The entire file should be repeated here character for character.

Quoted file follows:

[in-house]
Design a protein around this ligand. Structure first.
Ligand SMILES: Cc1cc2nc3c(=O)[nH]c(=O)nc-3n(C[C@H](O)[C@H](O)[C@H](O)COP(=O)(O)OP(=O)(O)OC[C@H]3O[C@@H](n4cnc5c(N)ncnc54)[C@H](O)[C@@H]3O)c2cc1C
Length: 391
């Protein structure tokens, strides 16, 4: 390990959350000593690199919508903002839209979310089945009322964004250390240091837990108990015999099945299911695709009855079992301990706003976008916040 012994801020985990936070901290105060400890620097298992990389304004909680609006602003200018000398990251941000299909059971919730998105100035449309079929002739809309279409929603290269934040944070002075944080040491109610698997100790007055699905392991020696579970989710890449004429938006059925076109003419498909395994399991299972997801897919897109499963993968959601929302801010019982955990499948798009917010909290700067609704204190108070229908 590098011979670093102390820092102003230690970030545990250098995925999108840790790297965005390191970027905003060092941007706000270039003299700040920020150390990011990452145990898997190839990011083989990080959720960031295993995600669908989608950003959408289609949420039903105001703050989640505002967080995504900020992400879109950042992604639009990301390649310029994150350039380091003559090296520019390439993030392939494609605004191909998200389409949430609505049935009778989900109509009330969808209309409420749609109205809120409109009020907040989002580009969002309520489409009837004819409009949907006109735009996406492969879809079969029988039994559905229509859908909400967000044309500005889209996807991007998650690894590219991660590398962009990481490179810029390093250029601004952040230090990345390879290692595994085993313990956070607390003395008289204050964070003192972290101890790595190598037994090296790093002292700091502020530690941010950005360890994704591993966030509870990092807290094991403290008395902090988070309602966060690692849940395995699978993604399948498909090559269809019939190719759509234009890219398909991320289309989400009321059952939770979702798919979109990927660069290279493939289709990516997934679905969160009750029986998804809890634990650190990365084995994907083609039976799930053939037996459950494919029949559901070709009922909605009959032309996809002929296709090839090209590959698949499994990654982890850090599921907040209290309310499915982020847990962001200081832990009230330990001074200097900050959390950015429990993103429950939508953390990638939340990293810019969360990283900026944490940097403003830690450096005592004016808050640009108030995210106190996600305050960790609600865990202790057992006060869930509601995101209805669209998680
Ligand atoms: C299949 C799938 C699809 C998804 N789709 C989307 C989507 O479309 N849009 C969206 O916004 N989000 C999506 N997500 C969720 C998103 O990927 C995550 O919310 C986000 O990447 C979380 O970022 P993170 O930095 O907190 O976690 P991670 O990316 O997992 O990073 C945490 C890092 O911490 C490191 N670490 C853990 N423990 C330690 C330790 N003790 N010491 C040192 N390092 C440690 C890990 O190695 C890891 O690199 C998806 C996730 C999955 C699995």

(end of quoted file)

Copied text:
[in-house]
Design a protein around this ligand. Structure first.
Ligand SMILES: Cc1cc2nc3c(=O)[nH]c(=O)nc-3n(C[C@H](O)[C@H](O)[C@H](O)COP(=O)(O)OP(=O)(O)OC[C@H]3O[C@@H](n4cnc5c(N)ncnc54)[C@H](O)[C@@H]3O)c2cc1C
Length: 391
């Protein structure tokens, strides 16, 4: 390990959350000593690199919508903002839209979310089945009322964004250390240091837990108990015999099945299911695709009855079992301990706003976008916040 012994801020985990936070901290105060400890620097298992990389304004909680609006602003200018000398990251941000299909059971919730998105100035449309079929002739809309279409929603290269934040944070002075944080040491109610698997100790007055699905392991020696579970989710890449004429938006059925076109003419498909395994399991299972997801897919897109499963993968959601929302801010019982955990499948798009917010909290700067609704204190108070229908 590098011979670093102390820092102003230690970030545990250098995925999108840790790297965005390191970027905003060092941007706000270039003299700040920020150390990011990452145990898997190839990011083989990080959720960031295993995600669908989608950003959408289609949420039903105001703050989640505002967080995504900020992400879109950042992604639009990301390649310029994150350039380091003559090296520019390439993030392939494609605004191909998200389409949430609505049935009778989900109509009330969808209309409420749609109205809120409109009020907040989002580009969002309520489409009837004819409009949907006109735009996406492969879809079969029988039994559905229509859908909400967000044309500005889209996807991007998650690894590219991660590398962009990481490179810029390093250029601004952040230090990345390879290692595994085993313990956070607390003395008289204050964070003192972290101890790595190598037994090296790093002292700091502020530690941010950005360890994704591993966030509870990092807290094991403290008395902090988070309602966060690692849940395995699978993604399948498909090559269809019939190719759509234009890219398909991320289309989400009321059952939770979702798919979109990927660069290279493939289709990516997934679905969160009750029986998804809890634990650190990365084995994907083609039976799930053939037996459950494919029949559901070709009922909605009959032309996809002929296709090839090209590959698949499994990654982890850090599921907040209290309310499915982020847990962001200081832990009230330990001074200097900050959390950015429990993103429950939508953390990638939340990293810019969360990283900026944490940097403003830690450096005592004016808050640009108030995210106190996600305050960790609600865990202790057992006060869930509601995101209805669209998680
Ligand atoms: C299949 C799938 C699809 C998804 N789709 C989307 C989507 O479309 N849009 C969206 O916004 N989000 C999506 N997500 C969720 C998103 O990927 C995550 O919310 C986000 O990447 C979380 O970022 P993170 O930095 O907190 O976690 P991670 O990316 O997992 O990073 C945490 C890092 O911490 C490191 N670490 C853990 N423990 C330690 C330790 N003790 N010491 C040192 N390092 C440690 C890990 O190695 C890891 O690199 C998806 C996730 C999955 C699995």